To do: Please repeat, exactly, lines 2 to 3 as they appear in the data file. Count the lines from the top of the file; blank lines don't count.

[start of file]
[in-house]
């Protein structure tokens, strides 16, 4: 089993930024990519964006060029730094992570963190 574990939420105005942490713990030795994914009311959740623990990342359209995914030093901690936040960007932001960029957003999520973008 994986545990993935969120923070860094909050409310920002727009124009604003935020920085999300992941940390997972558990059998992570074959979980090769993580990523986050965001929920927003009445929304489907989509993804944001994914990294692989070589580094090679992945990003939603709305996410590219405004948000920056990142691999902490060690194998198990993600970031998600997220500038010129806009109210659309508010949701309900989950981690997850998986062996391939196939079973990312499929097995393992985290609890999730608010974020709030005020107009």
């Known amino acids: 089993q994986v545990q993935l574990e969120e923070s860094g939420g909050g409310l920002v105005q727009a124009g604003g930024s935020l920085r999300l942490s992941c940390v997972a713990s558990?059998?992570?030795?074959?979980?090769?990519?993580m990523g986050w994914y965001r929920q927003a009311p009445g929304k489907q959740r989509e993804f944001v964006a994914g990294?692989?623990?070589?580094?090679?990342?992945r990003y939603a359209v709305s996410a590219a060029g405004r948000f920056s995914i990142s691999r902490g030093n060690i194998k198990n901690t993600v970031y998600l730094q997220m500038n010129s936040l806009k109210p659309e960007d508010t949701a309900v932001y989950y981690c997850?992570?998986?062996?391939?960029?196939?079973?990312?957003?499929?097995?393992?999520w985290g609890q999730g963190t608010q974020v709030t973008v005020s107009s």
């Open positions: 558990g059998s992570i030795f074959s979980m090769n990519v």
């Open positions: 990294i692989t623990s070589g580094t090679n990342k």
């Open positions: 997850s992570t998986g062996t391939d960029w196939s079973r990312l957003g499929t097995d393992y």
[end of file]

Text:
């Protein structure tokens, strides 16, 4: 089993930024990519964006060029730094992570963190 574990939420105005942490713990030795994914009311959740623990990342359209995914030093901690936040960007932001960029957003999520973008 994986545990993935969120923070860094909050409310920002727009124009604003935020920085999300992941940390997972558990059998992570074959979980090769993580990523986050965001929920927003009445929304489907989509993804944001994914990294692989070589580094090679992945990003939603709305996410590219405004948000920056990142691999902490060690194998198990993600970031998600997220500038010129806009109210659309508010949701309900989950981690997850998986062996391939196939079973990312499929097995393992985290609890999730608010974020709030005020107009």
């Known amino acids: 089993q994986v545990q993935l574990e969120e923070s860094g939420g909050g409310l920002v105005q727009a124009g604003g930024s935020l920085r999300l942490s992941c940390v997972a713990s558990?059998?992570?030795?074959?979980?090769?990519?993580m990523g986050w994914y965001r929920q927003a009311p009445g929304k489907q959740r989509e993804f944001v964006a994914g990294?692989?623990?070589?580094?090679?990342?992945r990003y939603a359209v709305s996410a590219a060029g405004r948000f920056s995914i990142s691999r902490g030093n060690i194998k198990n901690t993600v970031y998600l730094q997220m500038n010129s936040l806009k109210p659309e960007d508010t949701a309900v932001y989950y981690c997850?992570?998986?062996?391939?960029?196939?079973?990312?957003?499929?097995?393992?999520w985290g609890q999730g963190t608010q974020v709030t973008v005020s107009s």